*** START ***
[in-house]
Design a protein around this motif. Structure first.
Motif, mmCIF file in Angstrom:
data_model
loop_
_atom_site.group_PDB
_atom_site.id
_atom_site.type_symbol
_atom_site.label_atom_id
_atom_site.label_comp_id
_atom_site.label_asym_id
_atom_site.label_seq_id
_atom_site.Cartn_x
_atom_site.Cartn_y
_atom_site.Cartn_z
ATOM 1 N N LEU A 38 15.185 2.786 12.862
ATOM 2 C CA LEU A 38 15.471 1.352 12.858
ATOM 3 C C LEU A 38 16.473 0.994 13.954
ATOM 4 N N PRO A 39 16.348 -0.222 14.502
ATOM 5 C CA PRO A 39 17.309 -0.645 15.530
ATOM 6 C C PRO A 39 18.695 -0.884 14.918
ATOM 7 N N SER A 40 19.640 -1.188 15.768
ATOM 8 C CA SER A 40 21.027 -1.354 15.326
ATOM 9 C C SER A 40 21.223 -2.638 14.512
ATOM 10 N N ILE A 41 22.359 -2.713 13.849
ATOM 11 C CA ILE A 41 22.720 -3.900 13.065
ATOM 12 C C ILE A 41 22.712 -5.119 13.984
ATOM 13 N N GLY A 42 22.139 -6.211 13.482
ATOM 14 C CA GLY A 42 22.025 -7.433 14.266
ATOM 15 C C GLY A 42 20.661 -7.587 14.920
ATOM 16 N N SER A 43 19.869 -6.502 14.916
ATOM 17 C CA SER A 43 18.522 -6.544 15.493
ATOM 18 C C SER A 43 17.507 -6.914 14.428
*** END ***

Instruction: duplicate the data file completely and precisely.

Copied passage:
[in-house]
Design a protein around this motif. Structure first.
Motif, mmCIF file in Angstrom:
data_model
loop_
_atom_site.group_PDB
_atom_site.id
_atom_site.type_symbol
_atom_site.label_atom_id
_atom_site.label_comp_id
_atom_site.label_asym_id
_atom_site.label_seq_id
_atom_site.Cartn_x
_atom_site.Cartn_y
_atom_site.Cartn_z
ATOM 1 N N LEU A 38 15.185 2.786 12.862
ATOM 2 C CA LEU A 38 15.471 1.352 12.858
ATOM 3 C C LEU A 38 16.473 0.994 13.954
ATOM 4 N N PRO A 39 16.348 -0.222 14.502
ATOM 5 C CA PRO A 39 17.309 -0.645 15.530
ATOM 6 C C PRO A 39 18.695 -0.884 14.918
ATOM 7 N N SER A 40 19.640 -1.188 15.768
ATOM 8 C CA SER A 40 21.027 -1.354 15.326
ATOM 9 C C SER A 40 21.223 -2.638 14.512
ATOM 10 N N ILE A 41 22.359 -2.713 13.849
ATOM 11 C CA ILE A 41 22.720 -3.900 13.065
ATOM 12 C C ILE A 41 22.712 -5.119 13.984
ATOM 13 N N GLY A 42 22.139 -6.211 13.482
ATOM 14 C CA GLY A 42 22.025 -7.433 14.266
ATOM 15 C C GLY A 42 20.661 -7.587 14.920
ATOM 16 N N SER A 43 19.869 -6.502 14.916
ATOM 17 C CA SER A 43 18.522 -6.544 15.493
ATOM 18 C C SER A 43 17.507 -6.914 14.428